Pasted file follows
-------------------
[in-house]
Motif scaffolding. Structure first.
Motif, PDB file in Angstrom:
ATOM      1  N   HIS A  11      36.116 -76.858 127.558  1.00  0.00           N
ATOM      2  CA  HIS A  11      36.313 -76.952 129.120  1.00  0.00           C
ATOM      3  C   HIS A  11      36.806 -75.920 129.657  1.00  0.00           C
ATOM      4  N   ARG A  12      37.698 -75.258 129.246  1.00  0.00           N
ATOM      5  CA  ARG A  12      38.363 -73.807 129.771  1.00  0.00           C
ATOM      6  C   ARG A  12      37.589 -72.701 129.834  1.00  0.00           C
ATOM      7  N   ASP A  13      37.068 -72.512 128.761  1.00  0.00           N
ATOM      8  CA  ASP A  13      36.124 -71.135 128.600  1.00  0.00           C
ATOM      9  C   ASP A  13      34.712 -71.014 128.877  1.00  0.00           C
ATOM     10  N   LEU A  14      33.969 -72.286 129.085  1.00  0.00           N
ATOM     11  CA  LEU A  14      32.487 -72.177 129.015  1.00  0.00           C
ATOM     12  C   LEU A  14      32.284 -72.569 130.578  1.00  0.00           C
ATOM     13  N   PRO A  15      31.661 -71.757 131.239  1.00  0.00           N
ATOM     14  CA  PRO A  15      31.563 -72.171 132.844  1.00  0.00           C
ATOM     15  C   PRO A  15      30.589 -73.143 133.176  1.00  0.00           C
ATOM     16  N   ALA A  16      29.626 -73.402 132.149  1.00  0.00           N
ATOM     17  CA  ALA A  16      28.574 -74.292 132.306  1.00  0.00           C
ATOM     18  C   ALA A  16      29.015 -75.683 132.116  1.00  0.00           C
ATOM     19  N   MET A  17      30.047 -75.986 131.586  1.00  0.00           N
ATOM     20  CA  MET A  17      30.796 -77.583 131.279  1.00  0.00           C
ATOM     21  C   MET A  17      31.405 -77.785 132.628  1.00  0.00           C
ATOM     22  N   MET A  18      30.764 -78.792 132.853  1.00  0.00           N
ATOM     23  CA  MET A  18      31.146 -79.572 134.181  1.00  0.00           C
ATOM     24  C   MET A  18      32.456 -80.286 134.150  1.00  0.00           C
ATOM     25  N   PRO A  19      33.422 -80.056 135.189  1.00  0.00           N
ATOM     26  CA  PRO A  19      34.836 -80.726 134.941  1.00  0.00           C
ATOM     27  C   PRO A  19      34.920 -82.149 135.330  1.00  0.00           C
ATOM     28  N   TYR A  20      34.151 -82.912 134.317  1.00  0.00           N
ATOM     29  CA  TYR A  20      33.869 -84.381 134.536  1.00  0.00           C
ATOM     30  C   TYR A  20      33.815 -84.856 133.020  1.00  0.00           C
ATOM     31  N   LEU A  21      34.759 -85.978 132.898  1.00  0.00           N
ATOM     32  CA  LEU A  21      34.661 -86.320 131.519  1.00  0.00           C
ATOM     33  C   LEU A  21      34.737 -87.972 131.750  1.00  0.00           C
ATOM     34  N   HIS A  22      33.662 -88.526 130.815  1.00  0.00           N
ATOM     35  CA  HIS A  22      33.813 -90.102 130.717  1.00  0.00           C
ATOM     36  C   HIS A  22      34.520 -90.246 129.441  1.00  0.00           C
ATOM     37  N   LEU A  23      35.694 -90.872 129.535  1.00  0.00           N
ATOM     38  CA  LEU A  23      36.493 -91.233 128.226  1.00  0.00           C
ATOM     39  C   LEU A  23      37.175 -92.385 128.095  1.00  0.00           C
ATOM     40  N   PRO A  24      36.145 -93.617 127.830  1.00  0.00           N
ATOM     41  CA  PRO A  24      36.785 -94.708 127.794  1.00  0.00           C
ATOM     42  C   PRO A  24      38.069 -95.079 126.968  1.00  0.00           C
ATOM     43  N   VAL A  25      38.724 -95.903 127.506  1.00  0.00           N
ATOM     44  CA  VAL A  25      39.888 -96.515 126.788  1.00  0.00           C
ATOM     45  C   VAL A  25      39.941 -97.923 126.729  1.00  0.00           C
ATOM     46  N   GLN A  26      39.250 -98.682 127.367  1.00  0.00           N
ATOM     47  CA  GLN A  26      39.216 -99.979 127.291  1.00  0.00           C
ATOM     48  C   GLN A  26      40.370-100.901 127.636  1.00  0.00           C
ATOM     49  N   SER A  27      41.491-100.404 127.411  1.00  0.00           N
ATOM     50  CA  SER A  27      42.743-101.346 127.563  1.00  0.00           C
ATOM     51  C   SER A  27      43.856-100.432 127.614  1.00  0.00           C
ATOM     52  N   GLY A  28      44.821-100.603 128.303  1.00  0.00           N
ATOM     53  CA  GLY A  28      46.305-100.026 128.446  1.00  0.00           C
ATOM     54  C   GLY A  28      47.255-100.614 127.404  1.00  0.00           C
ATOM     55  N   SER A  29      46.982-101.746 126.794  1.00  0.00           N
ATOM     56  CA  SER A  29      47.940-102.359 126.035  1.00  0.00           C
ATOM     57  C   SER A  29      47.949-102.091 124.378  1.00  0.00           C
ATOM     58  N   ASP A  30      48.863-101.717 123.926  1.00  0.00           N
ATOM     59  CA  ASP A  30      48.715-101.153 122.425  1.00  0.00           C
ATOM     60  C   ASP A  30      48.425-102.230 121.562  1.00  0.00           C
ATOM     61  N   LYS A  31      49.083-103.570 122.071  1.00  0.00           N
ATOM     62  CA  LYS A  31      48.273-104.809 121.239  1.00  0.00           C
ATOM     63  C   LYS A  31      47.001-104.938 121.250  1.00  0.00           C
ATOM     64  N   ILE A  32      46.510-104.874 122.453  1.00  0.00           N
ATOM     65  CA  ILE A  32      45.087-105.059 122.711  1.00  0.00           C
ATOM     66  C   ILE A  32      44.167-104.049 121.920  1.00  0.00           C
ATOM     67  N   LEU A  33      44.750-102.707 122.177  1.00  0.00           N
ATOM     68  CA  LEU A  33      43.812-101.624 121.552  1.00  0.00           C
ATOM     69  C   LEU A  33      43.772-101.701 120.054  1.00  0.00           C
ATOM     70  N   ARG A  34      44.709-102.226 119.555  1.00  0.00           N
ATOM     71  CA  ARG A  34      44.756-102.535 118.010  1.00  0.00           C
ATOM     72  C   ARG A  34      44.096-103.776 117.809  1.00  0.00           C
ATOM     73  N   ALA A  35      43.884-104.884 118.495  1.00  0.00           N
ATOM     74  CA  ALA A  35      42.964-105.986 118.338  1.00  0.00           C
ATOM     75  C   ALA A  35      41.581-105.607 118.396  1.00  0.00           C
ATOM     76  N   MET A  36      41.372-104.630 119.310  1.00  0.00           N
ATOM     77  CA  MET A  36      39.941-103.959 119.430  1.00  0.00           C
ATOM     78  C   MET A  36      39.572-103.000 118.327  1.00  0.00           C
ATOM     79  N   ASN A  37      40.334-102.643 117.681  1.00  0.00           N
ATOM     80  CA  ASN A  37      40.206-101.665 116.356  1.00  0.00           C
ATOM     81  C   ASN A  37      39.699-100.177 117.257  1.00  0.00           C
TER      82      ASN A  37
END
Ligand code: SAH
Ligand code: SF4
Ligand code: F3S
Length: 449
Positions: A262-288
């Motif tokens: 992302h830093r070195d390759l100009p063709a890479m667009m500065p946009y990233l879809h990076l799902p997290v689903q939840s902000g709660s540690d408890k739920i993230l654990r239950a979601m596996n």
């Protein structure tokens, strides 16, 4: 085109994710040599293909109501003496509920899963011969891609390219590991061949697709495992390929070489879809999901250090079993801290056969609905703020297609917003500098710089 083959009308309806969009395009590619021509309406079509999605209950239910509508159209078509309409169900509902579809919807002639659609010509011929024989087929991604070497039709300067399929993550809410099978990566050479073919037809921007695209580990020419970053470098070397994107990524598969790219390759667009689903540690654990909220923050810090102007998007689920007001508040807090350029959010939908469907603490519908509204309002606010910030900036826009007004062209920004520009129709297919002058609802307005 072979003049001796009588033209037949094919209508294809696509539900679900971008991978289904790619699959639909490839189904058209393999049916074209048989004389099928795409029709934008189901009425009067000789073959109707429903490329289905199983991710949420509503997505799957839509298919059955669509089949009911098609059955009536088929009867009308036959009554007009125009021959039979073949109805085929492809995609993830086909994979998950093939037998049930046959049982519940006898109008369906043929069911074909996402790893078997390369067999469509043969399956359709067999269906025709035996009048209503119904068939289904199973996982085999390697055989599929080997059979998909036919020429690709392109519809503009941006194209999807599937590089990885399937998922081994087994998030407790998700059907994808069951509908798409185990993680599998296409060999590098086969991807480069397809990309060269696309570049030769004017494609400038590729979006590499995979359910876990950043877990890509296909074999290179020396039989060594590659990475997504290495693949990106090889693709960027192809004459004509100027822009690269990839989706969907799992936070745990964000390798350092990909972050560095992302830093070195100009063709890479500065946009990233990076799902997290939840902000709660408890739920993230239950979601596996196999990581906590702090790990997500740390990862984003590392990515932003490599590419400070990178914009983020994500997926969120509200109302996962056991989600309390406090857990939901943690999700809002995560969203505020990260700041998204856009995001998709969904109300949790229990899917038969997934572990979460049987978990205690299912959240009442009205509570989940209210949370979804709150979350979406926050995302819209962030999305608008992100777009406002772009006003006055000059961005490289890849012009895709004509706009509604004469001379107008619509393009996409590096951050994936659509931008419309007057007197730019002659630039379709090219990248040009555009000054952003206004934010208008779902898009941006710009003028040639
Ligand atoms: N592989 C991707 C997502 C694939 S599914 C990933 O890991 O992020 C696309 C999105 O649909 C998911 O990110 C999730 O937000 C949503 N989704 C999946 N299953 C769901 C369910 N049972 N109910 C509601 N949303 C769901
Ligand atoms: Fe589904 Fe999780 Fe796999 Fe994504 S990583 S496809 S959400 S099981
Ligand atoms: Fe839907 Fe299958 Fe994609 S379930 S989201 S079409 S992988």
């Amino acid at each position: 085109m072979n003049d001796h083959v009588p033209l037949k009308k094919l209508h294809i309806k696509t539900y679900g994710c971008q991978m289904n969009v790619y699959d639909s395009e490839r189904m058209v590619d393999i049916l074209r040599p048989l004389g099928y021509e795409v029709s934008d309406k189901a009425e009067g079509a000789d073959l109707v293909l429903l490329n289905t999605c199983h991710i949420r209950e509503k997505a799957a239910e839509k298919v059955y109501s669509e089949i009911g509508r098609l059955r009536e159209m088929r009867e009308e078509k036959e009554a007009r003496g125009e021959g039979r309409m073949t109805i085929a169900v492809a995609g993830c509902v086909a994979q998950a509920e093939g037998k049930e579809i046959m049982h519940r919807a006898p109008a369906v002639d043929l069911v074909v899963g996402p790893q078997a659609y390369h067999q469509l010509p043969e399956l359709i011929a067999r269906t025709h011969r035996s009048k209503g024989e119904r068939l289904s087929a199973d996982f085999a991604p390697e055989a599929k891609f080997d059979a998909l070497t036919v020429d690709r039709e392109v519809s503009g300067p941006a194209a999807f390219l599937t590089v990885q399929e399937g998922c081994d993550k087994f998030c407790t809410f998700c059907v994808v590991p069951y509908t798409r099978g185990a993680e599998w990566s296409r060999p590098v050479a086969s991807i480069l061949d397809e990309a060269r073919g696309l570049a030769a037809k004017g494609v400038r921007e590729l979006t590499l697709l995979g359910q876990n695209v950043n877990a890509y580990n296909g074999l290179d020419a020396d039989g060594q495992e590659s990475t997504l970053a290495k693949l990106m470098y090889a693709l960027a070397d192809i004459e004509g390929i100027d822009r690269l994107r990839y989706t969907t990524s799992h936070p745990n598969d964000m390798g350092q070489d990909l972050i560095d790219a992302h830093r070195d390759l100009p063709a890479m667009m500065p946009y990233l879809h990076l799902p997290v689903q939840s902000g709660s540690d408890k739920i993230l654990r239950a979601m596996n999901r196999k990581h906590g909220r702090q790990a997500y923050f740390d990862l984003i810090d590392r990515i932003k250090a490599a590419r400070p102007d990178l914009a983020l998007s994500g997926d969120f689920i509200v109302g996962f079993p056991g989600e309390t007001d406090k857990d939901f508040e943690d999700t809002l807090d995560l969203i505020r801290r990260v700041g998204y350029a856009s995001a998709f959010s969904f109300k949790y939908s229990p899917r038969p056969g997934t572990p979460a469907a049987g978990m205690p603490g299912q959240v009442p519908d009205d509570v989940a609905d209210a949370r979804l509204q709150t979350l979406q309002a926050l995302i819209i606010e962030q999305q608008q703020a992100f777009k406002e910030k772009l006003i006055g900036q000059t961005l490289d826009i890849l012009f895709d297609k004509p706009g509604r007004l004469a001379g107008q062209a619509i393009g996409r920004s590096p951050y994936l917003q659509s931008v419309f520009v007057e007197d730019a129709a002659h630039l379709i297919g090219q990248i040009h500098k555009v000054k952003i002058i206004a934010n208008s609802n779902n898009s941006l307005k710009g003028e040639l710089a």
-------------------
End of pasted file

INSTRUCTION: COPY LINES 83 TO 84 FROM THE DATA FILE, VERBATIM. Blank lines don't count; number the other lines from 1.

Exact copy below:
ATOM     80  CA  ASN A  37      40.206-101.665 116.356  1.00  0.00           C
ATOM     81  C   ASN A  37      39.699-100.177 117.257  1.00  0.00           C